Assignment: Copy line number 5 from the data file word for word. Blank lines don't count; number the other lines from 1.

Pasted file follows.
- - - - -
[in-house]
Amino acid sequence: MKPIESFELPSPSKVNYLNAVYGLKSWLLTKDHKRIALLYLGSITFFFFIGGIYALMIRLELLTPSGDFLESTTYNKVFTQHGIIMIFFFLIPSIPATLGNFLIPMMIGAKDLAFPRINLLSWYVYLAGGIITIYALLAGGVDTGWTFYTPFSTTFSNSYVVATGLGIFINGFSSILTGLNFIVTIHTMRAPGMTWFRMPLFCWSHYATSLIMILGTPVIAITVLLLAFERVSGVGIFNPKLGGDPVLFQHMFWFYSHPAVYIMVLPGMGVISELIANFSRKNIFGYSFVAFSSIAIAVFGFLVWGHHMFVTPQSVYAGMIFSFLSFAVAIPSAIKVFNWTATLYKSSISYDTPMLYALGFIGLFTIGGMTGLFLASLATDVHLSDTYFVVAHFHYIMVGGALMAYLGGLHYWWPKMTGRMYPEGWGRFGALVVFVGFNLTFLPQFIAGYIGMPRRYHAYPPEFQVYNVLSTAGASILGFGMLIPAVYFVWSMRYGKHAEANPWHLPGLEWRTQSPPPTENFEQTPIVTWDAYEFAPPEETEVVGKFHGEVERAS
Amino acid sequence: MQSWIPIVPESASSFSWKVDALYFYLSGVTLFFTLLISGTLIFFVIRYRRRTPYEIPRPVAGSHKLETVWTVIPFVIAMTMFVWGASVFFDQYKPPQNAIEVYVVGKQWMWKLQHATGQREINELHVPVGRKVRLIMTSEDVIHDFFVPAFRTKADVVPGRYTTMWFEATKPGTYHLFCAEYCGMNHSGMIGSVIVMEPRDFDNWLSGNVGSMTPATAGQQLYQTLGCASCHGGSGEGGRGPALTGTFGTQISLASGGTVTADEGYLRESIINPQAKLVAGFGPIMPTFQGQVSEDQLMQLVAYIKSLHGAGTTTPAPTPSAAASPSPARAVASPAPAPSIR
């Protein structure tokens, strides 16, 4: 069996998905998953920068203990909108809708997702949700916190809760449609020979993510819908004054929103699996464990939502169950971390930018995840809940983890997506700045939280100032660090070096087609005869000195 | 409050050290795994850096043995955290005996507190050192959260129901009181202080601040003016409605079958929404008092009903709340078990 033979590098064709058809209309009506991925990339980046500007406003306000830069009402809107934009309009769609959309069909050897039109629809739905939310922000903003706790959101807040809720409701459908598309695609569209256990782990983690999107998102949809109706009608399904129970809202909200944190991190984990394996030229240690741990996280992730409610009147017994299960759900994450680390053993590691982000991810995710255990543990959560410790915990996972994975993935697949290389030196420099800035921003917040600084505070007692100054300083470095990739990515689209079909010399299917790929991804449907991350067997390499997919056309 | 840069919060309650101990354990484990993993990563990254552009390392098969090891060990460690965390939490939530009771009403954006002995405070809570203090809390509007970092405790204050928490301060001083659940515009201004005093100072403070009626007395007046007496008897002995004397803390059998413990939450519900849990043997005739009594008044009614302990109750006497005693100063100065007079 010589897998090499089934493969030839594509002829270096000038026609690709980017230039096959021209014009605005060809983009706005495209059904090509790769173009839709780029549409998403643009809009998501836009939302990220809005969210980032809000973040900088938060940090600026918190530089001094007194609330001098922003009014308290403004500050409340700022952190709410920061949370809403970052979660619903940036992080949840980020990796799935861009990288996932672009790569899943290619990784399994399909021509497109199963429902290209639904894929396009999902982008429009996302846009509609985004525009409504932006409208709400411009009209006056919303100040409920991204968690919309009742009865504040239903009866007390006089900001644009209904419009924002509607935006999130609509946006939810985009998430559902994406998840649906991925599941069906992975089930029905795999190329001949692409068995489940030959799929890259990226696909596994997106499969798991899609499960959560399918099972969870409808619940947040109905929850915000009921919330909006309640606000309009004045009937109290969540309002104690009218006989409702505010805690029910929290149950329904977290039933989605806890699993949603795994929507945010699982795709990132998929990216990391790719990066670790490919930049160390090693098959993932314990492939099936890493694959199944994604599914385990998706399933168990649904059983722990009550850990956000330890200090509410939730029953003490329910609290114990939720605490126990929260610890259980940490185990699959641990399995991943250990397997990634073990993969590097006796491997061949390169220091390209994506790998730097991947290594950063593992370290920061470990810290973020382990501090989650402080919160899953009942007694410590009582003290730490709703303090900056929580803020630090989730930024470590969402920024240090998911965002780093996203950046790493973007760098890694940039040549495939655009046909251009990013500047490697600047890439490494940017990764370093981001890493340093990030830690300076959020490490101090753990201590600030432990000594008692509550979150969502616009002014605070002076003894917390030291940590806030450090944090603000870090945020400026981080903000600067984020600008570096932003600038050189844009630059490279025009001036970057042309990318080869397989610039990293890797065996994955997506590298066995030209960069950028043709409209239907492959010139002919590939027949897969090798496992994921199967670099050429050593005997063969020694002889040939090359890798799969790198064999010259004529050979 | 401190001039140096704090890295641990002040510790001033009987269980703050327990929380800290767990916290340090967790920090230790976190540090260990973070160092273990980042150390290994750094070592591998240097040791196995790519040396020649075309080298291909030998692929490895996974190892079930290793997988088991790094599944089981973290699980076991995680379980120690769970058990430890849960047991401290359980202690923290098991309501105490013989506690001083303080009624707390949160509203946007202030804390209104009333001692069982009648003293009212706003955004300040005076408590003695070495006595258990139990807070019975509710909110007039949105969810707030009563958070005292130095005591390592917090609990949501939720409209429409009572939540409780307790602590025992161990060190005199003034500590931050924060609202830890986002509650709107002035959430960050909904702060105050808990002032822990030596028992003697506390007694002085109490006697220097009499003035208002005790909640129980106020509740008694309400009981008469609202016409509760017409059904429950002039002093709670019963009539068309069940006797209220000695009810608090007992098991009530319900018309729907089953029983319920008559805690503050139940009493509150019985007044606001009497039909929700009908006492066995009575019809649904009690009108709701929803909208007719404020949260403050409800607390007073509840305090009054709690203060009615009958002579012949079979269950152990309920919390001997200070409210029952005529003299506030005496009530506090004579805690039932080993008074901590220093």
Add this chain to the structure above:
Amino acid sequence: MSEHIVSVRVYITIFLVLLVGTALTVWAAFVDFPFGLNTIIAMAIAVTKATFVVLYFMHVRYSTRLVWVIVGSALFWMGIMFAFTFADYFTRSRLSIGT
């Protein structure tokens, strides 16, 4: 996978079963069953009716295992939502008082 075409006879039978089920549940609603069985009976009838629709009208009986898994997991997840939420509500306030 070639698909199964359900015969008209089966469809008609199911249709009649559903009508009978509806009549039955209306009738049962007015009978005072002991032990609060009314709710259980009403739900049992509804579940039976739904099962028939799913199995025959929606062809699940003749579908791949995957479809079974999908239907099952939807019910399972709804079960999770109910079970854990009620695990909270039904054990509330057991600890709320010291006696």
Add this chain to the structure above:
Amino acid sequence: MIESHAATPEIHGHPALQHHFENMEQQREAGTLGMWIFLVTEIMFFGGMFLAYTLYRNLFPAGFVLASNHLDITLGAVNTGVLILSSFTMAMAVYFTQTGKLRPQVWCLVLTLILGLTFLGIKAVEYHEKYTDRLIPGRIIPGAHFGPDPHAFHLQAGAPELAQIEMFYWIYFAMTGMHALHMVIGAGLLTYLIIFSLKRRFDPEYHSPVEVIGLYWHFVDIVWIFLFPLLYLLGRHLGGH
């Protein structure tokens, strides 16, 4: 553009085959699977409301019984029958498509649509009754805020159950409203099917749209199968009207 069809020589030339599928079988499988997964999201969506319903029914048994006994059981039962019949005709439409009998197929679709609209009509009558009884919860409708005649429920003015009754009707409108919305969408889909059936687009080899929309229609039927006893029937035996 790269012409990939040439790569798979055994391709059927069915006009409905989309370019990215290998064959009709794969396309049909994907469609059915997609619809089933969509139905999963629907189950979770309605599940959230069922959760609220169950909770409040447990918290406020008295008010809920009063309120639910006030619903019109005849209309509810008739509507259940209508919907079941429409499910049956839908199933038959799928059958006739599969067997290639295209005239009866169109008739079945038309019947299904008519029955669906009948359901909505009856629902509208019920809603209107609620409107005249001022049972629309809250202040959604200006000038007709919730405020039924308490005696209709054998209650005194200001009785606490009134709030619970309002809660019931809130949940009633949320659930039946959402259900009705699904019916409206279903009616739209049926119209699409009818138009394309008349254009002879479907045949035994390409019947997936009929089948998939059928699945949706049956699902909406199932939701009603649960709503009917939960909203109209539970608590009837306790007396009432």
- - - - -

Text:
Add this chain to the structure above: